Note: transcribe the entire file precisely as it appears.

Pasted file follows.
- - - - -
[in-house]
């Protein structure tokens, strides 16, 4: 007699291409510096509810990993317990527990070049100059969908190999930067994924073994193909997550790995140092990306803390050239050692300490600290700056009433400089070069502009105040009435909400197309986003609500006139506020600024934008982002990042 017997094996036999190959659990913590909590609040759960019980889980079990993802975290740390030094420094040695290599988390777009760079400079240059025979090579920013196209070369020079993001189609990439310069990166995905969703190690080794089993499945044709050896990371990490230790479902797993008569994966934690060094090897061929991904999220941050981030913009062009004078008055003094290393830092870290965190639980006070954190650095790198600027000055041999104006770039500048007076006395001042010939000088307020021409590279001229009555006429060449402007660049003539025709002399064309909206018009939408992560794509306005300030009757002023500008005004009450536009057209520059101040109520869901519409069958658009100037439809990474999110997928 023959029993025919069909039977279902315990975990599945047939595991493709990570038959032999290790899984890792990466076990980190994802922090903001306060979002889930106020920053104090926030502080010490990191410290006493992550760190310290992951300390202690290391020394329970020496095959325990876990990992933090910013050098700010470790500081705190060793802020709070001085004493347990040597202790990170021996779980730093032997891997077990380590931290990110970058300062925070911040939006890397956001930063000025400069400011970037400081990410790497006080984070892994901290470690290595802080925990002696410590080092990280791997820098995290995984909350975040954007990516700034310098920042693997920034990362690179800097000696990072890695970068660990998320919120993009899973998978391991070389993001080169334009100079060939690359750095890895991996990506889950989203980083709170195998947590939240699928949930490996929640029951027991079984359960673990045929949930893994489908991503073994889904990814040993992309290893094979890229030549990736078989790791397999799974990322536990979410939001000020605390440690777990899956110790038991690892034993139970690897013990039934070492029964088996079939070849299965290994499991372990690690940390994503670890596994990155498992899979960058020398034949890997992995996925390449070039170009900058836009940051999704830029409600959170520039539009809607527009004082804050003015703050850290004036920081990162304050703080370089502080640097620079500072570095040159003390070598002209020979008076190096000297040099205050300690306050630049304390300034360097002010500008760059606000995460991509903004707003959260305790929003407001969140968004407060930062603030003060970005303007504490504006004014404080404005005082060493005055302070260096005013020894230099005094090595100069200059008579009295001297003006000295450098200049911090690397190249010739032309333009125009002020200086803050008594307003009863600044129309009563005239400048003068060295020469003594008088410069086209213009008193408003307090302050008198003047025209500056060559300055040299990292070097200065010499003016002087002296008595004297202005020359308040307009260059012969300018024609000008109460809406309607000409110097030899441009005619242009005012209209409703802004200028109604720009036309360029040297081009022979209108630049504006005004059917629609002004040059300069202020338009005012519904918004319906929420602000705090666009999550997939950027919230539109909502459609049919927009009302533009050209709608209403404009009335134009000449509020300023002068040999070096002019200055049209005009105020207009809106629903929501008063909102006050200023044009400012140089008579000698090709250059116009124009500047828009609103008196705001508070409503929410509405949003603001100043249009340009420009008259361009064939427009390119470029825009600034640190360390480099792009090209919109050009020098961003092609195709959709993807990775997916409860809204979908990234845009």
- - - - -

[in-house]
């Protein structure tokens, strides 16, 4: 007699291409510096509810990993317990527990070049100059969908190999930067994924073994193909997550790995140092990306803390050239050692300490600290700056009433400089070069502009105040009435909400197309986003609500006139506020600024934008982002990042 017997094996036999190959659990913590909590609040759960019980889980079990993802975290740390030094420094040695290599988390777009760079400079240059025979090579920013196209070369020079993001189609990439310069990166995905969703190690080794089993499945044709050896990371990490230790479902797993008569994966934690060094090897061929991904999220941050981030913009062009004078008055003094290393830092870290965190639980006070954190650095790198600027000055041999104006770039500048007076006395001042010939000088307020021409590279001229009555006429060449402007660049003539025709002399064309909206018009939408992560794509306005300030009757002023500008005004009450536009057209520059101040109520869901519409069958658009100037439809990474999110997928 023959029993025919069909039977279902315990975990599945047939595991493709990570038959032999290790899984890792990466076990980190994802922090903001306060979002889930106020920053104090926030502080010490990191410290006493992550760190310290992951300390202690290391020394329970020496095959325990876990990992933090910013050098700010470790500081705190060793802020709070001085004493347990040597202790990170021996779980730093032997891997077990380590931290990110970058300062925070911040939006890397956001930063000025400069400011970037400081990410790497006080984070892994901290470690290595802080925990002696410590080092990280791997820098995290995984909350975040954007990516700034310098920042693997920034990362690179800097000696990072890695970068660990998320919120993009899973998978391991070389993001080169334009100079060939690359750095890895991996990506889950989203980083709170195998947590939240699928949930490996929640029951027991079984359960673990045929949930893994489908991503073994889904990814040993992309290893094979890229030549990736078989790791397999799974990322536990979410939001000020605390440690777990899956110790038991690892034993139970690897013990039934070492029964088996079939070849299965290994499991372990690690940390994503670890596994990155498992899979960058020398034949890997992995996925390449070039170009900058836009940051999704830029409600959170520039539009809607527009004082804050003015703050850290004036920081990162304050703080370089502080640097620079500072570095040159003390070598002209020979008076190096000297040099205050300690306050630049304390300034360097002010500008760059606000995460991509903004707003959260305790929003407001969140968004407060930062603030003060970005303007504490504006004014404080404005005082060493005055302070260096005013020894230099005094090595100069200059008579009295001297003006000295450098200049911090690397190249010739032309333009125009002020200086803050008594307003009863600044129309009563005239400048003068060295020469003594008088410069086209213009008193408003307090302050008198003047025209500056060559300055040299990292070097200065010499003016002087002296008595004297202005020359308040307009260059012969300018024609000008109460809406309607000409110097030899441009005619242009005012209209409703802004200028109604720009036309360029040297081009022979209108630049504006005004059917629609002004040059300069202020338009005012519904918004319906929420602000705090666009999550997939950027919230539109909502459609049919927009009302533009050209709608209403404009009335134009000449509020300023002068040999070096002019200055049209005009105020207009809106629903929501008063909102006050200023044009400012140089008579000698090709250059116009124009500047828009609103008196705001508070409503929410509405949003603001100043249009340009420009008259361009064939427009390119470029825009600034640190360390480099792009090209919109050009020098961003092609195709959709993807990775997916409860809204979908990234845009």